A non-invasive approach, using aromatherapy and reflexology, can significantly reduce the pain and anxiety in women undergoing radiation cervical therapy, according to preliminary data of the clinical study conducted at Ohio State University, a comprehensive cancer center - Hospital Arthur G. James and Richard J. Nightingale Institute.. (OSUCCC - James).
Previously reported data indicate that 40% of women undergoing radiation therapy of the cervix, there is much pain and anxiety, they develop post-traumatic stress disorder (PTSD).
For this clinical study, the researchers wanted to know whether integrative medicine approaches such as aromatherapy and reflexology, to reduce pain and anxiety that are usually experienced by women undergoing brachytherapy. This type of target radiation is highly effective in treating several types of cancer that occur deep inside the body. The radiation source is placed close to the tumor itself and avoids radiation exposure to adjacent normal tissue.
To determine whether the effectiveness of the approach, the researchers recruited 50 women who undergo brachytherapy for the treatment of cervical cancer, to pass essential oil aromatherapy and foot reflexology 30 minutes prior to the brachytherapy sessions. Preliminary results indicate that the patient reported that the pain level reduced by 60 percent, and anxiety has decreased by 20 percent.
"We have this very effective treatment approach, but in fact these therapy sessions cause such extreme discomfort and anxiety that tolerated treatment is both mentally and physically stressful for patients," - says Lisa Blackburn, principal investigator of the study. "Our preliminary work shows that we can reduce the pain and anxiety of our patients using integrative medicine practices, without introducing another tablet or invasive procedure in the treatment regimen."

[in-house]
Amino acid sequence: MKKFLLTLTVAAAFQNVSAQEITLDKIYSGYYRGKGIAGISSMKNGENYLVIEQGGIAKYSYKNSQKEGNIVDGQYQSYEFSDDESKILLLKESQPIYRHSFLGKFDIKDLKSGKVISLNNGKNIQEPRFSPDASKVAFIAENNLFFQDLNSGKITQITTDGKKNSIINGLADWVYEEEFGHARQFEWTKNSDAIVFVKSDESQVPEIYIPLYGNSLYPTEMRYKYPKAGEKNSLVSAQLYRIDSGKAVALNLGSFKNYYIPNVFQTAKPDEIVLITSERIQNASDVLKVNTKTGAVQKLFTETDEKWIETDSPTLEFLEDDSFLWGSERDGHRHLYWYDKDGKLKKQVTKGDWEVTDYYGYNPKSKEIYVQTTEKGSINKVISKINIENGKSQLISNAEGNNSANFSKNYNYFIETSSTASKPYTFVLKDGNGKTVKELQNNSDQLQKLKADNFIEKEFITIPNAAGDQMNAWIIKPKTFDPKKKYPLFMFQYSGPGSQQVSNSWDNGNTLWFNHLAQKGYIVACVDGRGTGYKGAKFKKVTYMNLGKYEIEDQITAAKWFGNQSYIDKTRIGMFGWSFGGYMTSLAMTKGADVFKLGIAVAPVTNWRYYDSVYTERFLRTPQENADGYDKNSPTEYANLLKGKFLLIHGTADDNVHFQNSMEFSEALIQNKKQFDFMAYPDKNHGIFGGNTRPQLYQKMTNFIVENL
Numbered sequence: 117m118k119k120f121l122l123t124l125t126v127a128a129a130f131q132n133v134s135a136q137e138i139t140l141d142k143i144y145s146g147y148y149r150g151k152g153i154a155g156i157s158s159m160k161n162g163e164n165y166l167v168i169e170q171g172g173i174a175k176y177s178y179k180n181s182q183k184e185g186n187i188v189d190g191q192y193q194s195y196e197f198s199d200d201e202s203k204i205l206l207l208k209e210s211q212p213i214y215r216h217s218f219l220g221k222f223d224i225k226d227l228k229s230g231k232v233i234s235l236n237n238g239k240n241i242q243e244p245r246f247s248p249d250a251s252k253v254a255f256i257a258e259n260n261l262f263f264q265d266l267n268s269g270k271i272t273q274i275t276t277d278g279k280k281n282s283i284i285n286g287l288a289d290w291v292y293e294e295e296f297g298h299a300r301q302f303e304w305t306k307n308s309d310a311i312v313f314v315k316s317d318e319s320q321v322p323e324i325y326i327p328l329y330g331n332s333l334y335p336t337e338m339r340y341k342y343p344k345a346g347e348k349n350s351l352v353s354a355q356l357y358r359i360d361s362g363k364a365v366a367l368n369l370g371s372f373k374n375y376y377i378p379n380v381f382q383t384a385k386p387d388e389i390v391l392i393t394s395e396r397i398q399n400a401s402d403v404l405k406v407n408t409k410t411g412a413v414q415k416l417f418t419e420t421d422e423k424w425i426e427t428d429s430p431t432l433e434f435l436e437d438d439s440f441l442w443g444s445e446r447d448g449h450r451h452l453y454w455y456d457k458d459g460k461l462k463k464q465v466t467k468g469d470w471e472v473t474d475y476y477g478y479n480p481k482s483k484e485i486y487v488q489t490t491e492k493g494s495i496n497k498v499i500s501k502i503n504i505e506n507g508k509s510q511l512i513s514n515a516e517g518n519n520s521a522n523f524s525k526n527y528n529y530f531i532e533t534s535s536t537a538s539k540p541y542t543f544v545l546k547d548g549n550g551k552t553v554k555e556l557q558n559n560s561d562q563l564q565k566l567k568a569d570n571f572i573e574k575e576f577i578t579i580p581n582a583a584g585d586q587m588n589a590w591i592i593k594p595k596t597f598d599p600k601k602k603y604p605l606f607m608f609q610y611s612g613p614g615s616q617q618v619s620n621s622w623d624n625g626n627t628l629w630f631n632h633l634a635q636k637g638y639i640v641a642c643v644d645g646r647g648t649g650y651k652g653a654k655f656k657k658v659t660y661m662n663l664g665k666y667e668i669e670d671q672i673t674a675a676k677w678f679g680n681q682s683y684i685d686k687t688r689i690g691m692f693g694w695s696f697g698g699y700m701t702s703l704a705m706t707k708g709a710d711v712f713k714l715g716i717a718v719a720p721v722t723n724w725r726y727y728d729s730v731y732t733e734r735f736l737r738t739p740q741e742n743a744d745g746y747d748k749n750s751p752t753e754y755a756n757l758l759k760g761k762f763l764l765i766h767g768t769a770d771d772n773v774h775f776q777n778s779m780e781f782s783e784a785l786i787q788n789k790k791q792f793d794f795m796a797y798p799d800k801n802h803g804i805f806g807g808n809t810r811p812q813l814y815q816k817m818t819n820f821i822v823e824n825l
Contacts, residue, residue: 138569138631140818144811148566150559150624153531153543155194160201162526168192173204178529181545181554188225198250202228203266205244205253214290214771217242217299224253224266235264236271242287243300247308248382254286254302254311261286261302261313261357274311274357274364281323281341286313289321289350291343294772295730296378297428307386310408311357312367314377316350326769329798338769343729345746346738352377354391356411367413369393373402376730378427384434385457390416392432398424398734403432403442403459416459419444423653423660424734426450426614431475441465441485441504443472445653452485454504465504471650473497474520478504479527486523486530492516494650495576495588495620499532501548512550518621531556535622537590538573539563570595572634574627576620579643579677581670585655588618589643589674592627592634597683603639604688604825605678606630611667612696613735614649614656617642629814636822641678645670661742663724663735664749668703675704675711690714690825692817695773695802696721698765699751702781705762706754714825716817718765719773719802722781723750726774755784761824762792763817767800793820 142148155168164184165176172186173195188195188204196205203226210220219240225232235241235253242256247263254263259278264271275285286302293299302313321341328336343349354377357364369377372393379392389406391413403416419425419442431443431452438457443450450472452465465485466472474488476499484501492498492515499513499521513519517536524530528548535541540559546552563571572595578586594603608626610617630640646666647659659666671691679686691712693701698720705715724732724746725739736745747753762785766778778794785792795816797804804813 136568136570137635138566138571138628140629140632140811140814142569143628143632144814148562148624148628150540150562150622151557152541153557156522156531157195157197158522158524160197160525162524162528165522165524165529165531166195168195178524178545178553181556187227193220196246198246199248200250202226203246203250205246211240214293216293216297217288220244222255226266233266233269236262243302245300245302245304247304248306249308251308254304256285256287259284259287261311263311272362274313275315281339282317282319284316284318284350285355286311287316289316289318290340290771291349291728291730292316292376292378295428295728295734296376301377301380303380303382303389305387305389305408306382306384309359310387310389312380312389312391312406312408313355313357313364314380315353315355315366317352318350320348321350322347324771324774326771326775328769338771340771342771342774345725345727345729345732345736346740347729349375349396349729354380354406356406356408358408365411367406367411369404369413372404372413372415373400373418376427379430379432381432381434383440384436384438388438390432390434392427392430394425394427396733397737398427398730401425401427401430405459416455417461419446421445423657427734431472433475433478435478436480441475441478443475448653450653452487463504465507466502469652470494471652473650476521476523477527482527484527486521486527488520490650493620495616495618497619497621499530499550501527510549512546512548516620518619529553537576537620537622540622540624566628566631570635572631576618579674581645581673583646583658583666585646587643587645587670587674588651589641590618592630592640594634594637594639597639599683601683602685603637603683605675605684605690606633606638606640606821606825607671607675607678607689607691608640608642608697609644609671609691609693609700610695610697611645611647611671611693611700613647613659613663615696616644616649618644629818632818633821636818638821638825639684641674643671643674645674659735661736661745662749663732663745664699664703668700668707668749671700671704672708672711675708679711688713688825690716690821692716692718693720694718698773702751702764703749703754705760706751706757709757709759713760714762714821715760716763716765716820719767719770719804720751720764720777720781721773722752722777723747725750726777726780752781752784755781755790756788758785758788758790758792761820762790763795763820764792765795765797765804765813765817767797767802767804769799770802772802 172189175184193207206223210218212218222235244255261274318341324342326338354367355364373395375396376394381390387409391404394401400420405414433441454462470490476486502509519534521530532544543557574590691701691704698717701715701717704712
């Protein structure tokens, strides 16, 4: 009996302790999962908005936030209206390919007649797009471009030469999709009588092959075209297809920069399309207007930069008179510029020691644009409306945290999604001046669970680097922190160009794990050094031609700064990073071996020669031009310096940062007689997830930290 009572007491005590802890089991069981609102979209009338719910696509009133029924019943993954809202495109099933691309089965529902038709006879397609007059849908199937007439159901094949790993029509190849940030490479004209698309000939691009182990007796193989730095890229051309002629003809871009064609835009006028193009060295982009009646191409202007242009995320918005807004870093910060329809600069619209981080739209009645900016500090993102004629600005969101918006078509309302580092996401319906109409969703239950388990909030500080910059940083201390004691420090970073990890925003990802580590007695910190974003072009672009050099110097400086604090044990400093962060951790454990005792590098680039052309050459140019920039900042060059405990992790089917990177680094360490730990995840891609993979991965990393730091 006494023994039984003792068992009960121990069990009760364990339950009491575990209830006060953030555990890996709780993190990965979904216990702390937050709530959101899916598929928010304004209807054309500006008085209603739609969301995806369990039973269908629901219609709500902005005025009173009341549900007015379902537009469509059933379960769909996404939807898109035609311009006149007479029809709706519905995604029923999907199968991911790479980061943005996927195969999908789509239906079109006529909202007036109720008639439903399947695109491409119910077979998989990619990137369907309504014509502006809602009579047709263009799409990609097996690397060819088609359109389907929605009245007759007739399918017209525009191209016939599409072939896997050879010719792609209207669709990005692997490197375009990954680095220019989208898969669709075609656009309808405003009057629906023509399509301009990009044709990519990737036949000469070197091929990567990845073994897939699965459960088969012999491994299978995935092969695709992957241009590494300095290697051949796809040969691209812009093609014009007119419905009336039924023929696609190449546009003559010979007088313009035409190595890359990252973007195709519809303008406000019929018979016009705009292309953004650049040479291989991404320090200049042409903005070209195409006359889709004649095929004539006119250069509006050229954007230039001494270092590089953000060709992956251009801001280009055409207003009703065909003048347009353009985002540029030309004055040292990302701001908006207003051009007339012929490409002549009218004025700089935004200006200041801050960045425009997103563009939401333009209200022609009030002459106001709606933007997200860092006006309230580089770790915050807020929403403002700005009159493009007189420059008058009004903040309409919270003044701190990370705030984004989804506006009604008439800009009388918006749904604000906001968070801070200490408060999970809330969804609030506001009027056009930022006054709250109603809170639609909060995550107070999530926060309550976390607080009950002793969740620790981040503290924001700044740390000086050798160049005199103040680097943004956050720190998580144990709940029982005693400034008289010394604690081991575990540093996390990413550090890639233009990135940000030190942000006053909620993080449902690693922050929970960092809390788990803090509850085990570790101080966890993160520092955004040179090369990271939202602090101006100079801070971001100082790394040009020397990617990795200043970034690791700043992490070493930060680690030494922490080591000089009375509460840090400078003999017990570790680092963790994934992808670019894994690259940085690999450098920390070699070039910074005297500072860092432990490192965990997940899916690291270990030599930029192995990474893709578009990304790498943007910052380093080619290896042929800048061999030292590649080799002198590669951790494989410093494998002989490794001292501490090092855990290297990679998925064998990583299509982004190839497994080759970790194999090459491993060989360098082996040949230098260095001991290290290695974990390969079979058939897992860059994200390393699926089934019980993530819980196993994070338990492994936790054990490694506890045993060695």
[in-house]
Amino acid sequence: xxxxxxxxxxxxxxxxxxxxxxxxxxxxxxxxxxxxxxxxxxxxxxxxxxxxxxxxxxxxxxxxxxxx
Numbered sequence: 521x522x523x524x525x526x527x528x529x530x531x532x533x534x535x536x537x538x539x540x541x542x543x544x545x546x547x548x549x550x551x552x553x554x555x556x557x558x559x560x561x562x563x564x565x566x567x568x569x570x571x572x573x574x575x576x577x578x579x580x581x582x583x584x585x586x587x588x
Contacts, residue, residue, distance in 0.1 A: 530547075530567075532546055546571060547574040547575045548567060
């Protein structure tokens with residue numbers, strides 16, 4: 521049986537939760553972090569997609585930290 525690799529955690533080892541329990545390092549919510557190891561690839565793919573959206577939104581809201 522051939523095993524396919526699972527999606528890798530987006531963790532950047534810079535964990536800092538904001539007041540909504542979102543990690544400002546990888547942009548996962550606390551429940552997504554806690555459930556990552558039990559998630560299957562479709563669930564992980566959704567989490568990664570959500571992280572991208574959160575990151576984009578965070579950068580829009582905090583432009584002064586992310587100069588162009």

During therapy professional reflexologists use pressure points in the foot to determine the specific symptoms and usually weaken the patient. Blackburn noted that these treatments are simple to use and have significant positive clinical effects.
"It's nice to have something that really helps these patients," she adds. "Not only do these sessions integrative therapy have virtually no side effects, but patients need to be about 40% less pain medication than those who did not receive these treatments."
Blackburn hopes that aromatherapy and reflexology become the standard of care, not only for patients with brachytherapy, but for any patient who may experience pain or anxiety.
This ongoing research is supported OSUCCC - James. The initial results of the study were presented at the 43rd Annual Congress of the Society Cancer Nurses May 18.